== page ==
U.S. military officials have not yet determined which faction of local ground forces will launch the offensive.
Whether or not Raqqa is taken by Kurdish or Syrian Arab forces could determine whether U.S. troops are needed afterward in the city.
A small number of U.S. troops is currently in the Syrian town of Manbij to keep the peace between the Kurdish and Turkish forces. Turkey invaded Syria in large part to prevent the Kurds from linking up their two autonomous enclaves inside Syria.
The deployment of Marines is temporary, so they will leave Syria as soon as their support is no longer needed, the official said. News of the Marines arriving in Syria was first reported Wednesday by the Washington Post.
This marks the second time in as many years that Marines have provided artillery support for allied forces fighting ISIS. In March 2016, about 180 Marines from the 26th Marine Expeditionary Unit spent about 60 days at the Kara Soar Counter Fire Complex in Makhmour, Iraq, near Mosul.
Known as Task Force Spartan, the Marines used four 155 mm M777A2 howitzers to fire more than 2,000 rounds in support of Kurdish and Iraqi troops. The firebase was 15 miles from ISIS forces, which often fired rockets at the Marines, Col. Robert Fulford, commander of the 26th Marine Expeditionary Unit, said last year.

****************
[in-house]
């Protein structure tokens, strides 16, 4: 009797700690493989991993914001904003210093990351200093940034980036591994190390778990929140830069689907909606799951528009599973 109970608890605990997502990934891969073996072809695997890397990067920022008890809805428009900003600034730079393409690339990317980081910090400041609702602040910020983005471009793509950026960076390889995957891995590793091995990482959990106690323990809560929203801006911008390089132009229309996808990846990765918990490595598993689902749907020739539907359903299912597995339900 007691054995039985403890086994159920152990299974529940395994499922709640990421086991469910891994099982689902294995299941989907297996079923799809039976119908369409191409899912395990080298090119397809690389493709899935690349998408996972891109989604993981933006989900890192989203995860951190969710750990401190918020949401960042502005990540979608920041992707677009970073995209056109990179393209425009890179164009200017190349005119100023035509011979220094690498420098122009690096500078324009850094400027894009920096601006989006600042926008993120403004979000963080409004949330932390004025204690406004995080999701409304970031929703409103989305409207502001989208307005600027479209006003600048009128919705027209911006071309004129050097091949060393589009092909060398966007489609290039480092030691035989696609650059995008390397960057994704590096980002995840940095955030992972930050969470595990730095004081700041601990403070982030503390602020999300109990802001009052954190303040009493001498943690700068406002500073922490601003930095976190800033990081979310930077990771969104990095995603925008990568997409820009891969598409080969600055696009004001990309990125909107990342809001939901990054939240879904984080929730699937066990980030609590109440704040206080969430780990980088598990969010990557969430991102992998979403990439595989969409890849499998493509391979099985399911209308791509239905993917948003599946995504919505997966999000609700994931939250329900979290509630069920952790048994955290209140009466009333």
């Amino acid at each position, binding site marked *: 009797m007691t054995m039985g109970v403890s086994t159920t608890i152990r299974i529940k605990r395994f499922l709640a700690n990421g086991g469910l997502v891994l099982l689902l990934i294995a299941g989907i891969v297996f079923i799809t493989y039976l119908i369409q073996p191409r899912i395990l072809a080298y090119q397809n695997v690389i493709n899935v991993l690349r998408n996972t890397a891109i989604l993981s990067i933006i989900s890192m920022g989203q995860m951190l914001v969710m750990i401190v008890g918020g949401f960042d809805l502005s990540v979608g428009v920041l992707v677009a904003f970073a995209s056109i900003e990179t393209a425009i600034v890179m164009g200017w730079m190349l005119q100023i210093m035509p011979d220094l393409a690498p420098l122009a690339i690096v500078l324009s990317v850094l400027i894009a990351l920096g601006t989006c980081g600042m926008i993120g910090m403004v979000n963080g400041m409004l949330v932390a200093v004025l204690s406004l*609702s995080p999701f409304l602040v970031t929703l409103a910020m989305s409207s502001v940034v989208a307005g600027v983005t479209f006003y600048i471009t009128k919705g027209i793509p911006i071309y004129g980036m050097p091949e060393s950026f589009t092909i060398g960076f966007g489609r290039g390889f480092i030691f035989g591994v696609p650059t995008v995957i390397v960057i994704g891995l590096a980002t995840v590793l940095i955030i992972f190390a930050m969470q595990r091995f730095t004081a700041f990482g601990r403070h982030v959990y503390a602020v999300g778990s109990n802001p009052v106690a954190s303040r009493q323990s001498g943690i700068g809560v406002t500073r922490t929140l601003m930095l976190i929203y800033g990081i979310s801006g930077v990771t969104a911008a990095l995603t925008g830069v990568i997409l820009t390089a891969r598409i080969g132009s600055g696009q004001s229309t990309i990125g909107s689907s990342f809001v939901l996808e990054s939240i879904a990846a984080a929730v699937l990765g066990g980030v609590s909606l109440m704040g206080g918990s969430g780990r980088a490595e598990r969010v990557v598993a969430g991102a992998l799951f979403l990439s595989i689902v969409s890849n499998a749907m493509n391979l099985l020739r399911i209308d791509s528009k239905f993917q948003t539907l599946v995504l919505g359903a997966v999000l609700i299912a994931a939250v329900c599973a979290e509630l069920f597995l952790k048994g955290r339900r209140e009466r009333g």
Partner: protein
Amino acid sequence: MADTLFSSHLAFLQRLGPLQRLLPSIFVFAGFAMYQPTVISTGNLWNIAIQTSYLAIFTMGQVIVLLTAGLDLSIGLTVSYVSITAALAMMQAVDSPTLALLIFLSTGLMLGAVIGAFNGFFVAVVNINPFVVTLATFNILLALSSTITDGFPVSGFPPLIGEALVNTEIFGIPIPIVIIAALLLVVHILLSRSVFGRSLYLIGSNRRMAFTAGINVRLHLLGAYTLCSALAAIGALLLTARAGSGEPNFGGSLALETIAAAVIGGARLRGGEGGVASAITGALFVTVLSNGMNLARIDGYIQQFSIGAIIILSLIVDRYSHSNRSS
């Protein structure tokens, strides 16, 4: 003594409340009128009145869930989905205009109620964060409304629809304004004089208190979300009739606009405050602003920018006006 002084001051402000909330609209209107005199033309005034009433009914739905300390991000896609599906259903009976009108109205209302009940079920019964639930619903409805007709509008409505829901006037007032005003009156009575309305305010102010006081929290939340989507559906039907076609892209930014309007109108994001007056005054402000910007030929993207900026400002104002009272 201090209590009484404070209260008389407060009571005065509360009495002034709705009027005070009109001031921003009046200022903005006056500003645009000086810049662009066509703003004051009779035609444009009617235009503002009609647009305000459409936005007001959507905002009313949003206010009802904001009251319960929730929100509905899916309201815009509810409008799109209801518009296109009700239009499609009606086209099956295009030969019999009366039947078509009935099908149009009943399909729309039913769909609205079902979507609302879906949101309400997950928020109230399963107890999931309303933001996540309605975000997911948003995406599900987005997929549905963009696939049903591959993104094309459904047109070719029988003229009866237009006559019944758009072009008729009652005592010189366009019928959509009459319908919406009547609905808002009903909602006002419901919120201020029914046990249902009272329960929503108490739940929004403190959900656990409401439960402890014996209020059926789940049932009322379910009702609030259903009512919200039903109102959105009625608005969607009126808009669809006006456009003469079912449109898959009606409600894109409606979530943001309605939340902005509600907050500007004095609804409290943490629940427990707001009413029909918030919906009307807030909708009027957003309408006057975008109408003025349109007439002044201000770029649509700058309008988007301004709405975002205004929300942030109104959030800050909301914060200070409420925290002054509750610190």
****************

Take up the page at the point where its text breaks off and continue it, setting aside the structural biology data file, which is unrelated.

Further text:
On March 19, 2016, one ISIS rocket attack killed Marine Staff Sgt. Louis Cardinand wounded eight other Marines.
Task Force Spartan returned to Camp Lejeune, North Carolina, on June 3. They were replaced by about 200 soldiers with the 1st Battalion, 320th Field Artillery Regiment from the 101st Airborne Division (Air Assault).
The Associated Press and Military Times reporter Shawn Snow contributed to this story.